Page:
Best Git Books to Read

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Git is a distributed version control system commonly used for software development. It allows multiple developers to work on a project simultaneously, tracking changes made to the files and allowing collaboration and coordination among team members. Git records the history of changes, enables branching and merging of code, facilitates reverting to previous versions, and provides a platform for managing and sharing code across different repositories. It is an essential tool for version control and popular among developers for its speed, flexibility, and robustness.

Top Rated Git Books of January 2024

Version Control with Git: Powerful Tools and Techniques for Collaborative Software Development

Rating is 5 out of 5

Version Control with Git: Powerful Tools and Techniques for Collaborative Software Development

Pro Git

Rating is 4.9 out of 5

Pro Git

Git: Project Management for Developers and DevOps

Rating is 4.8 out of 5

Git: Project Management for Developers and DevOps

Professional Git

Rating is 4.7 out of 5

Professional Git

Beginning Git and GitHub: A Comprehensive Guide to Version Control, Project Management, and Teamwork for the New Developer

Rating is 4.6 out of 5

Beginning Git and GitHub: A Comprehensive Guide to Version Control, Project Management, and Teamwork for the New Developer

Git Pocket Guide: A Working Introduction

Rating is 4.5 out of 5

Git Pocket Guide: A Working Introduction

Learning Git: A Hands-On and Visual Guide to the Basics of Git

Rating is 4.4 out of 5

Learning Git: A Hands-On and Visual Guide to the Basics of Git

Head First Git: A Learner's Guide to Understanding Git from the Inside Out

Rating is 4.3 out of 5

Head First Git: A Learner's Guide to Understanding Git from the Inside Out

What are Git and Github for beginners?

Git is a version control system that allows developers to track changes in their code projects. It helps in managing multiple versions of a project and facilitates collaboration among team members.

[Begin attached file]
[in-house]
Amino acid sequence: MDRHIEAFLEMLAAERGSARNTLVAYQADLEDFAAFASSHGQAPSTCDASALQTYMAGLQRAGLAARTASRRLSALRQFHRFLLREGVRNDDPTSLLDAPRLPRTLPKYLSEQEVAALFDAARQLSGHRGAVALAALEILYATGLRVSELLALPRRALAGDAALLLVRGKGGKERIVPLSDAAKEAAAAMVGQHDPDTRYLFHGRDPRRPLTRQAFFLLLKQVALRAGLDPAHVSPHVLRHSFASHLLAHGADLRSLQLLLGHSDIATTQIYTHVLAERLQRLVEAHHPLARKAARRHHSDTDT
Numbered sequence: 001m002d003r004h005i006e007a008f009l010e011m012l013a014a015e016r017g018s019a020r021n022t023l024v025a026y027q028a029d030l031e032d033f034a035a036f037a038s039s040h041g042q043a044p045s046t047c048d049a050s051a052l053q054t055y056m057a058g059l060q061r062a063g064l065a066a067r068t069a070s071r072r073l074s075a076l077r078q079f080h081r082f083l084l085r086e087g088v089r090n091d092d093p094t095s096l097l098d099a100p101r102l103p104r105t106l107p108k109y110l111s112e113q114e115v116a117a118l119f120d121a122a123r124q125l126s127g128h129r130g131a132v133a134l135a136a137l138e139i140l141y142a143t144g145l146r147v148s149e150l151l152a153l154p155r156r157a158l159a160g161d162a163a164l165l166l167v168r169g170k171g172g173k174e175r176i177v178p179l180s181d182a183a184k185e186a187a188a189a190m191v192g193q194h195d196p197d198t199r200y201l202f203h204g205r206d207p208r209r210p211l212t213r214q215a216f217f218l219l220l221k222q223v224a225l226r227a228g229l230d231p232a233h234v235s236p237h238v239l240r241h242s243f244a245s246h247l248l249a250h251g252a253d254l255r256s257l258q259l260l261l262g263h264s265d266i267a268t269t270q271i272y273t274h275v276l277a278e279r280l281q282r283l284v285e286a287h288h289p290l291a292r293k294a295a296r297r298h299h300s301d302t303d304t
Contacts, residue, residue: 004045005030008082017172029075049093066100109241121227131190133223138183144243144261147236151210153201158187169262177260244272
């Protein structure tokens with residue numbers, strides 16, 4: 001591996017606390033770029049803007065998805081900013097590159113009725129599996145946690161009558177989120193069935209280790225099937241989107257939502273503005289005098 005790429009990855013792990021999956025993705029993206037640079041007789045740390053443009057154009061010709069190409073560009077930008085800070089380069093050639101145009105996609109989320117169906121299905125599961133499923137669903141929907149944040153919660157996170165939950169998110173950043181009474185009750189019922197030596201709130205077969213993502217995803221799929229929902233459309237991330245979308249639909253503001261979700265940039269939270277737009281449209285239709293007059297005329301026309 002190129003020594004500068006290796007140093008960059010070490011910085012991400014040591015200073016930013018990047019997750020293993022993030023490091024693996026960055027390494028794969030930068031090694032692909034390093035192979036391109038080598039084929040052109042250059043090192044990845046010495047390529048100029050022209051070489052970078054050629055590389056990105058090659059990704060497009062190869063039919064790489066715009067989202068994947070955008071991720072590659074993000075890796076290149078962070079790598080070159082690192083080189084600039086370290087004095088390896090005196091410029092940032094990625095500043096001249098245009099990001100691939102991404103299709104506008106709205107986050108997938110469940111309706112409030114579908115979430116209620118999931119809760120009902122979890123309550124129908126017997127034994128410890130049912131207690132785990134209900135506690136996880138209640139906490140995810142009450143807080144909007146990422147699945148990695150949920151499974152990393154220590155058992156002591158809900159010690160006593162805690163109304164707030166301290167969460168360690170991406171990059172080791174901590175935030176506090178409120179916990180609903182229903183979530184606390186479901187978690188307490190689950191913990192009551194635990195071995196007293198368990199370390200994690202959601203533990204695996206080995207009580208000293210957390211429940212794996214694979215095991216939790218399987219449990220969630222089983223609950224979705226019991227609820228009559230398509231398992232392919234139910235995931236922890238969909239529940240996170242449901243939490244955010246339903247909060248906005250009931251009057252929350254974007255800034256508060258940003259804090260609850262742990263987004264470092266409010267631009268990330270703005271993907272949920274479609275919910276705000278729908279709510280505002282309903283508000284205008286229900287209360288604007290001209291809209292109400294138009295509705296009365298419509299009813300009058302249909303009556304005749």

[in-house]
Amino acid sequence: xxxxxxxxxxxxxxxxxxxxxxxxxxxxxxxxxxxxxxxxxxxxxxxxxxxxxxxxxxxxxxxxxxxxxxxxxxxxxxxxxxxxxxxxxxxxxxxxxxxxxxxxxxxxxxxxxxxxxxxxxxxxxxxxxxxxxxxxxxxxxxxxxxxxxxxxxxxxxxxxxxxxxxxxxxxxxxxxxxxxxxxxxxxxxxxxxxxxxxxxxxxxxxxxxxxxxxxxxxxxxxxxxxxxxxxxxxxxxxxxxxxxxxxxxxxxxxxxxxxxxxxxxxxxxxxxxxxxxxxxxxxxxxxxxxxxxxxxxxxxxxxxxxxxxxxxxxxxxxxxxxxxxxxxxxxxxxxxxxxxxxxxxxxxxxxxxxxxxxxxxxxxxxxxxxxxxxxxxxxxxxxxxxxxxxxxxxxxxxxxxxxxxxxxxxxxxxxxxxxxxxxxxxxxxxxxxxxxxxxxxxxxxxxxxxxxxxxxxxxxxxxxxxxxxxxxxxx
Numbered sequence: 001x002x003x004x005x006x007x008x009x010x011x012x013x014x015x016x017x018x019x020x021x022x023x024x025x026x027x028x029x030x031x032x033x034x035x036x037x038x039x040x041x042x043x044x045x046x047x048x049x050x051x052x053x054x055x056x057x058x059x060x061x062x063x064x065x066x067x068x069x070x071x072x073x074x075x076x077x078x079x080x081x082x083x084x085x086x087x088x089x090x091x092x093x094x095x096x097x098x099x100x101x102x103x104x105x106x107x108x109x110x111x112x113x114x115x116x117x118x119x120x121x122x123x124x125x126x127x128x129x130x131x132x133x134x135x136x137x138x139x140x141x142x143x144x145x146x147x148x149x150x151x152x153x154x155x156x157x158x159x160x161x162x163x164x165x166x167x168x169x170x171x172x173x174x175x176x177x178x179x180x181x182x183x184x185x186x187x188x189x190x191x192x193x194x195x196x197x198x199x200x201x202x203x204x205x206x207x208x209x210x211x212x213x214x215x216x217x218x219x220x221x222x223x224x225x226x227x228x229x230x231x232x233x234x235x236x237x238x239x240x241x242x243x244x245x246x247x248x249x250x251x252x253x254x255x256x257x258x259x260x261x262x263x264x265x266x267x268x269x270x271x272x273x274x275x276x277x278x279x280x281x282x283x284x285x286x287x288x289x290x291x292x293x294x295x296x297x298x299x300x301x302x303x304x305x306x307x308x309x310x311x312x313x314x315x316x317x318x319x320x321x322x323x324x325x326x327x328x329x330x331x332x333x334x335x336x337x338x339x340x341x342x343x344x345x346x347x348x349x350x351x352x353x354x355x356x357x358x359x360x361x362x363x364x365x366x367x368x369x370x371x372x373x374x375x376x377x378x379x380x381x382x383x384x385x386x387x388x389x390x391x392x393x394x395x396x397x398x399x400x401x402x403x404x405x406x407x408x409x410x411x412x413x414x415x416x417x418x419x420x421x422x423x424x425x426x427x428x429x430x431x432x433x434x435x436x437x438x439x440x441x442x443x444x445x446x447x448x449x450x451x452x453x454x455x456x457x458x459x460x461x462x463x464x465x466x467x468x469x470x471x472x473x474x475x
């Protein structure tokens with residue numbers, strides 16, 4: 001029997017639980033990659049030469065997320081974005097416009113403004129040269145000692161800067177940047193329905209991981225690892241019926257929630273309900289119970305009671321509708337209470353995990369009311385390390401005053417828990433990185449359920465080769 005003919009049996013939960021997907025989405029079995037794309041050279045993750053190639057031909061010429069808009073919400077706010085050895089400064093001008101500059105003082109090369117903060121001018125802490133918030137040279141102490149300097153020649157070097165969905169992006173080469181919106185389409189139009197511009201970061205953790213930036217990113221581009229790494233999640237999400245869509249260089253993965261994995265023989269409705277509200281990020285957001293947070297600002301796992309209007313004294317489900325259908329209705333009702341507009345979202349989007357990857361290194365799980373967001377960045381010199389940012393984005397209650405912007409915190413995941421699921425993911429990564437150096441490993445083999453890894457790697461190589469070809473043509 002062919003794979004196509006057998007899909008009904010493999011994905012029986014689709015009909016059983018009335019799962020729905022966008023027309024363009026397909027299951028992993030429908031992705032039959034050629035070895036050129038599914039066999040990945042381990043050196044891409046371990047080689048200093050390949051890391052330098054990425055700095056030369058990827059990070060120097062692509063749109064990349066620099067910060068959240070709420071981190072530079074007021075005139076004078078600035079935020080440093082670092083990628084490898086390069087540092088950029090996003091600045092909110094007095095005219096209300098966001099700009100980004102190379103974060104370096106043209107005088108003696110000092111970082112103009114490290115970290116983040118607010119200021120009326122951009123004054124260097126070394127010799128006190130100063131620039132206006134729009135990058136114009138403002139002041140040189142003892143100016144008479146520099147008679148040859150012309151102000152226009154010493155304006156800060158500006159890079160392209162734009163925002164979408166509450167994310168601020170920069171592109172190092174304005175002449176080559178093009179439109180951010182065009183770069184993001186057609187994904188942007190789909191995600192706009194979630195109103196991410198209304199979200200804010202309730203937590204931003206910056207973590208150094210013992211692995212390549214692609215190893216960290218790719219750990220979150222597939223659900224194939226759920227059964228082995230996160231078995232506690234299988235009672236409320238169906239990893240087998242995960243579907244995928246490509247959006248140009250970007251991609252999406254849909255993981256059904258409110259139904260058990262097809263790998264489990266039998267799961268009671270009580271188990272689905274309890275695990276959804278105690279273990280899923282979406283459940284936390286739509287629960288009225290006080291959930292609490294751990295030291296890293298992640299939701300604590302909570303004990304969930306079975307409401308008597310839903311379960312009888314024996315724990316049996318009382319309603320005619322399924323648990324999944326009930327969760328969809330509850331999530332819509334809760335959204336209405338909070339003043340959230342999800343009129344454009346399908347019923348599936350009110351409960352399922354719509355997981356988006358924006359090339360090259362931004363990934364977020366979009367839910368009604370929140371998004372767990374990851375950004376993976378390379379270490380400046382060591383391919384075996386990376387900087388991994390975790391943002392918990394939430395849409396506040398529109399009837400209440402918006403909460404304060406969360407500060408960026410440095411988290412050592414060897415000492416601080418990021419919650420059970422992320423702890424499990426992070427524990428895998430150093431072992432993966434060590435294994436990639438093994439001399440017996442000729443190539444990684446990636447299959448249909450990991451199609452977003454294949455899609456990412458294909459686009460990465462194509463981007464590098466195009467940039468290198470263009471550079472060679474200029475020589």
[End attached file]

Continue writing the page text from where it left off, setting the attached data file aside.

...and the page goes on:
Github, on the other hand, is a web-based hosting service for Git repositories. It provides a platform for developers to store, manage, and share their code projects. Github offers various functionalities, including branch management, issue tracking, pull requests, and collaboration tools, which make it easier for developers to work together on projects.

For beginners, Git and Github are essential tools in the software development workflow. They allow beginners to learn version control practices, collaborate with others, and showcase their projects to potential employers or clients. Additionally, Github's vast user community makes it an excellent platform for discovering and contributing to open-source projects.

Why should you use git?

There are several reasons why you should use Git for version control:

  1. Collaboration: Git allows multiple developers to work on the same project simultaneously. It enables easier collaboration by keeping track of the changes made by each individual and allowing seamless merging of code.
  2. Versioning: Git provides a history of all changes made to a project file over time. You can easily see what changes were made, who made them, and when they were made. This makes it easier to track bugs, revert to previous versions, or identify the source of a problem.
  3. Branching and merging: Git allows you to create branches, which are independent lines of development. This means you can work on new features or fixes without impacting the main codebase. Once the changes are stable, you can merge the branches back together, incorporating your changes into the main project.